Pete Carroll and his staff got to see the 11 draft picks and almost 60 other players Friday as Seattle’s rookie minicamp got under way.
We wrote separately about Carroll’s take on the four draft picks in the secondary. Here are his first impressions of other rookies:
Malik McDowell is everything the coaches thought he was — so far.
Continue reading First impressions of the rookies
“(Ethan Pocic and Germain Ifedi) are going to compete and obviously what you hope is that they prove to us day in and day out that they are two of the best five. And then you’ve got to move one of them somewhere, and that’s a good problem to have.’’ — Tom Cable to KJR
This is so like the Seahawks.
With holes across their offensive line, they draft two guys with high picks in consecutive years — yet are so uncertain where to play them that they decide to pit them against each other at the same position.
In an interview with KJR, relayed by Bob Condotta, Tom Cable confirmed what Pete Carroll has been saying: The Seahawks basically have no clue where their linemen will start.
Continue reading Why put two top O-line picks at same spot?
Cliff Avril said he understands why Marshawn Lynch wants to play in Oakland, is glad the Seahawks did not trade Richard Sherman, and also looks forward to mentoring Malik McDowell.
Those were the top takeaways from a good interview with Avril on NFL Network on Tuesday — as Avril returns from his Haiti work and a side trip to the NFL draft to announce some of Seattle’s picks.
Continue reading Avril talks Lynch, Sherman, McDowell
The Seahawks are still a long way from figuring out their starting five linemen for 2017, but Pete Carroll at least has defined the positions where the key players will be competing.
Luke Joeckel and Rees Odhiambo are working both left spots, George Fant is at left tackle, Mark Glowinski has moved over to right guard to battle Oday Aboushi, Germain Ifedi has moved from right guard to right tackle, and rookie Ethan Pocic is starting out on the right side in an apparent reserve role.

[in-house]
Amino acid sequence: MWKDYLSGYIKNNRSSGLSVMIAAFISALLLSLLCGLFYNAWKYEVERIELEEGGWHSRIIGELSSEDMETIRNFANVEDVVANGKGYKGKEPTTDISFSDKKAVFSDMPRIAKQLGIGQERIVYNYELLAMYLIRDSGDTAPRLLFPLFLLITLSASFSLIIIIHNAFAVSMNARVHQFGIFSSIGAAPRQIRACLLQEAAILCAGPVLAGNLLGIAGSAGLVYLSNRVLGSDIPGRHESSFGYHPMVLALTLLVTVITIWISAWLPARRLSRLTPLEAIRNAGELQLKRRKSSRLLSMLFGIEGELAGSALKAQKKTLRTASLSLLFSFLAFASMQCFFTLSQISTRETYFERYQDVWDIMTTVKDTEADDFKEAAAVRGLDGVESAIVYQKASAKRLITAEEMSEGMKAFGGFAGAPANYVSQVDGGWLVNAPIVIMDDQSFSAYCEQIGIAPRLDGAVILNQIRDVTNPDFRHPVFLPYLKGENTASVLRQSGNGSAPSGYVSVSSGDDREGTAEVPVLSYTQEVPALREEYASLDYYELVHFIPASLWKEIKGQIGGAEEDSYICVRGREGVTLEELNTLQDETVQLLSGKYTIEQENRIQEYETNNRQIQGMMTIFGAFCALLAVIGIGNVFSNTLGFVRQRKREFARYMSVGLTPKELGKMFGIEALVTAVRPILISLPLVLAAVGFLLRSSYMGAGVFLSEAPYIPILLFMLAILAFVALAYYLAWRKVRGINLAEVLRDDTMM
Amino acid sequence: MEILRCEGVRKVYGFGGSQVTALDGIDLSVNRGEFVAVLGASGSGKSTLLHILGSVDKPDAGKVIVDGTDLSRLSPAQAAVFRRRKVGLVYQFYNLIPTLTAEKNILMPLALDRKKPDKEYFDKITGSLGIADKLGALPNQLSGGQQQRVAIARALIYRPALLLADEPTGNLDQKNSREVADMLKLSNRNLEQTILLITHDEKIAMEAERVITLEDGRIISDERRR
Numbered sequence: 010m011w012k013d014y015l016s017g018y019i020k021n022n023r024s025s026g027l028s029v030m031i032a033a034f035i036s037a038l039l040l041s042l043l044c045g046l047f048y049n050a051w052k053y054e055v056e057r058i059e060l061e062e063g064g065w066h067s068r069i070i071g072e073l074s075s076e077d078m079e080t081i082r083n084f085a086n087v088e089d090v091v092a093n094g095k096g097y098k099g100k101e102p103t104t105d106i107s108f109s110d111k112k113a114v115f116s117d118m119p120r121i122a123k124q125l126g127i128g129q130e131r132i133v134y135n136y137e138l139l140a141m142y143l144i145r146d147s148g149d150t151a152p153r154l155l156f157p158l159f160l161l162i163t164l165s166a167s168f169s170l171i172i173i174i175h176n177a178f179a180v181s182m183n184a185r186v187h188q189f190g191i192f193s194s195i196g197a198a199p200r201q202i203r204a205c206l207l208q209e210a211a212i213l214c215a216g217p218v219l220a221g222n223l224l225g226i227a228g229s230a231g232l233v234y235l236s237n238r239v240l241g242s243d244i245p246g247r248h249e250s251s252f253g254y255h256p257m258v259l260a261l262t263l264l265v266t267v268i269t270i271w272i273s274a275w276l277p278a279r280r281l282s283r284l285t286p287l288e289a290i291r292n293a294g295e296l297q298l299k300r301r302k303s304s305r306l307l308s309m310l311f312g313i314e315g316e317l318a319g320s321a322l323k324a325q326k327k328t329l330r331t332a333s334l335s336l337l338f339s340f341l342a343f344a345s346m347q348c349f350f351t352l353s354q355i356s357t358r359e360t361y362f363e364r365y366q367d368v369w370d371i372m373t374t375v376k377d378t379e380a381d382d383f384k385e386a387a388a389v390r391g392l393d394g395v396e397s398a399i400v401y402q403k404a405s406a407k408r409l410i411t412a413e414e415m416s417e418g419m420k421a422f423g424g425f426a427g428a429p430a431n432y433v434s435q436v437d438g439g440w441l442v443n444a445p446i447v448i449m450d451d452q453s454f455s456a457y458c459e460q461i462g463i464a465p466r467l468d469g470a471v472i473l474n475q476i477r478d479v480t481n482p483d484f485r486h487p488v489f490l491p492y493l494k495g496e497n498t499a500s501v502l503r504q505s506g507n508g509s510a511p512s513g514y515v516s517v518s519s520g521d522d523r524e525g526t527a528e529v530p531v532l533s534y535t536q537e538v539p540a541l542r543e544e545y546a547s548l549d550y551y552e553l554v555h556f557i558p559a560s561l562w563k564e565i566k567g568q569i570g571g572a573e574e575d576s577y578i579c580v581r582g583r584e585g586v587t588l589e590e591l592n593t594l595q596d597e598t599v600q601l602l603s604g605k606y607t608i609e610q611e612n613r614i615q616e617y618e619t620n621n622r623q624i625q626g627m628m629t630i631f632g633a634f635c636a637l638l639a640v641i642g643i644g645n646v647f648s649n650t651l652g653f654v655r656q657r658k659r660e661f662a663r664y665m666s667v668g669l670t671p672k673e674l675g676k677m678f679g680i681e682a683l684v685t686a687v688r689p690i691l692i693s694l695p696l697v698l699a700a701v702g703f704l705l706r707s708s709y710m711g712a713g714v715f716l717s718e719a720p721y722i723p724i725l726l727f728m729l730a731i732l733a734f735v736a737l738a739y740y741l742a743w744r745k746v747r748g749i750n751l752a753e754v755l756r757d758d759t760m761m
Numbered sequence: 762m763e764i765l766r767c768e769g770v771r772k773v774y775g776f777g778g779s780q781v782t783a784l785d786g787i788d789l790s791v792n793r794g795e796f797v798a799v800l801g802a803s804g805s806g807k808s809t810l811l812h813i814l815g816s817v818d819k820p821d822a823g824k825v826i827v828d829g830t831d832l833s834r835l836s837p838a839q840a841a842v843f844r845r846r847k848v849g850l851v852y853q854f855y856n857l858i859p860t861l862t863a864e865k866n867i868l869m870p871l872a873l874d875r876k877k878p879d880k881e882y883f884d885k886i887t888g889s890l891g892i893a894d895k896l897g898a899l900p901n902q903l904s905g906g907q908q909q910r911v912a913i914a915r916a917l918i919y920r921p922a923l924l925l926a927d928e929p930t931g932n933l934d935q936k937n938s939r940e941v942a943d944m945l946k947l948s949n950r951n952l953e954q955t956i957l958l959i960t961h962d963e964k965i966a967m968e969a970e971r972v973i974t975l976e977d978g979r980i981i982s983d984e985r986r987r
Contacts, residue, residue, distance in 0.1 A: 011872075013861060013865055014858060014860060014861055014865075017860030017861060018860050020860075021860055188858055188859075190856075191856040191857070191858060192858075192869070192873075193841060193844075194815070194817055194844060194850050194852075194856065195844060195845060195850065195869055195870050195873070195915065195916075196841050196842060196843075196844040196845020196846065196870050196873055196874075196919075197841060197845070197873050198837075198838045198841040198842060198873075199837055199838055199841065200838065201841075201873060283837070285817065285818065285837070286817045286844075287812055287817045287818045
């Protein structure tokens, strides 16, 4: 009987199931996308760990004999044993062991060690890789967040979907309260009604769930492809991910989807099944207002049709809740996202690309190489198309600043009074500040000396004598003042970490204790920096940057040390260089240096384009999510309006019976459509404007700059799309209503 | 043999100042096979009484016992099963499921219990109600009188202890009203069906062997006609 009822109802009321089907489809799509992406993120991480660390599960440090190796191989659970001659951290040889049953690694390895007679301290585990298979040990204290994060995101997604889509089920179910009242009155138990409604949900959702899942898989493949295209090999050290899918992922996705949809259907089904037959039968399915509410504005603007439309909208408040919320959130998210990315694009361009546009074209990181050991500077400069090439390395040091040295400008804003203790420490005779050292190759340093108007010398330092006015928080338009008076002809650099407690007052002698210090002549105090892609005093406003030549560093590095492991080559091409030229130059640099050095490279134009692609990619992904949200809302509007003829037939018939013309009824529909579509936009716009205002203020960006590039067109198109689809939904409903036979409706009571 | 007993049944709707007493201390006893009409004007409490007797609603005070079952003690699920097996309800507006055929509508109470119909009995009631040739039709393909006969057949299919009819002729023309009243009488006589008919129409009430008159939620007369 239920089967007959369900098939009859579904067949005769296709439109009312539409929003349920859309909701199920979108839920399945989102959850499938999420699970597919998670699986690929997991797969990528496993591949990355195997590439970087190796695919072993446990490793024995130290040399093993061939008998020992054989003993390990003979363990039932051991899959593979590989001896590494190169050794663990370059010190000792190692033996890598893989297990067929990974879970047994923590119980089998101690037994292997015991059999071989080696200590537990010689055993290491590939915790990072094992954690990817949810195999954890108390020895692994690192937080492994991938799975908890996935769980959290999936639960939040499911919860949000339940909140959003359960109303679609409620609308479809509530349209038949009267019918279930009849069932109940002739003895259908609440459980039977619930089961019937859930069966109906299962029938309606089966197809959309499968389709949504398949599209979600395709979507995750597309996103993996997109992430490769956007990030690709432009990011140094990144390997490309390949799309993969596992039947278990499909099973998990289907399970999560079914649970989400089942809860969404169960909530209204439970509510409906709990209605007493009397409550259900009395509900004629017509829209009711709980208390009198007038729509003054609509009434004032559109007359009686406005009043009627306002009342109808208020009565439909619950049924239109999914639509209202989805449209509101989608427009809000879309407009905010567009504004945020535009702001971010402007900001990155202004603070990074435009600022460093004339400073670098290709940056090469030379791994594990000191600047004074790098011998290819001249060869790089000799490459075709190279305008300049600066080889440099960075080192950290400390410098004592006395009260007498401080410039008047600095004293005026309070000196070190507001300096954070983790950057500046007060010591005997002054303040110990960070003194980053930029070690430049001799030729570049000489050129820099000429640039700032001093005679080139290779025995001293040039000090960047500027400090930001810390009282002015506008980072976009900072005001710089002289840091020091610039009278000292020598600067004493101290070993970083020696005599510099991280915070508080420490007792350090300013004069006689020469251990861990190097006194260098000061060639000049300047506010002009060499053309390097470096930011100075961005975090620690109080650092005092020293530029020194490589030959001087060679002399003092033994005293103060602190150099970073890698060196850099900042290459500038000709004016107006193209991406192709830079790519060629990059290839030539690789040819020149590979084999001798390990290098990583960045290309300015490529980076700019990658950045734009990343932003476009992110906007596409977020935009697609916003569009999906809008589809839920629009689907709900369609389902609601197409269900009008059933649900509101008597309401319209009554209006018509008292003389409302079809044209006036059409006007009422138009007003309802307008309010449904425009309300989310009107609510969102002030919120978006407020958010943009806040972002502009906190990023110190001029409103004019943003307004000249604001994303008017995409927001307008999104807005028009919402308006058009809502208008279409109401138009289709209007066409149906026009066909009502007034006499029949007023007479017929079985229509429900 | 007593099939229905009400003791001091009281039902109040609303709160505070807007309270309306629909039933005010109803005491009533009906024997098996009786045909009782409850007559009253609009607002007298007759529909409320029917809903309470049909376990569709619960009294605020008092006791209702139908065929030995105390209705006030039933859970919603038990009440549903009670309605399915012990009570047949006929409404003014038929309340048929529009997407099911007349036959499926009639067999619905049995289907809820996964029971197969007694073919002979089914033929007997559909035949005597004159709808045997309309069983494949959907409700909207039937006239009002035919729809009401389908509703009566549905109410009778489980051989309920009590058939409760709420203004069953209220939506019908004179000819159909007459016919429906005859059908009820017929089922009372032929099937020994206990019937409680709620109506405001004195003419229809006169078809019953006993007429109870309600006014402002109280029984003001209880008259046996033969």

“We have all kinds of flexibility,” Carroll told 710 ESPN, “but we’re zeroing in in that fashion.”
Continue reading Carroll reveals O-line depth chart
When the Seahawks drafted Malik McDowell after three moves down last weekend, both John Schneider and Pete Carroll had some motivational words for him on the phone — signs that concerns about his effort were valid.
But Carroll explained in more detail Thursday why they are not worried about McDowell’s desire and fit with the hypercompetitive Seahawks.
“He had a monster year as a sophomore,” Carroll told 710 ESPN, referring to McDowell’s 4.5 sacks and 13 tackles for loss for Michigan State in 2015. “He came into the (2016) season with a high ankle sprain. It almost debilitates you, but he kept playing and kept battling.
“We see the whole body of evaluation … that tells us … we’ve got a great guy here potentially,” Carroll added. “He’s 20 years old. … He’s just getting started.”
Continue reading Carroll explains where McDowell fits
Richard Sherman is refocused, and there’s “like zero percent” chance he will be traded at this point, Pete Carroll says, but the Seahawks will continue to listen.
And, once they lower the price next year, he probably will be traded.
“There (are) always opportunities to trade,” Carroll told 710 ESPN. “We would say that everybody’s untouchable, but we always have to listen to the opportunities … to compete to make our team better.”
Continue reading Sherman refocused, but Hawks still listening
Putting aside questions about Malik McDowell’s desire and Ethan Pocic’s position, the Seahawks accomplished all of their major goals in this draft: interior rusher, O-line competition, lots of DB depth.
They also added a couple of big receivers, which could be bad news for Jermaine Kearse, and replaced key role players Kelcie McCray and Tony McDaniel.
Asked if the roster is better than it was after the 2016 draft, Pete Carroll really couldn’t say that. The best he could do was: “I feel strong about it.”
He pointed out the three linebackers Seattle has signed, the O-linemen added via free agency and the draft, the two D-linemen.
“We’ve done some great stuff up front to make it more competitive. We’ve boosted the competition, obviously in the DB room but also at the receiver side of it. … I feel like it’s really going to be a competitive go.”
Continue reading Post-draft roster review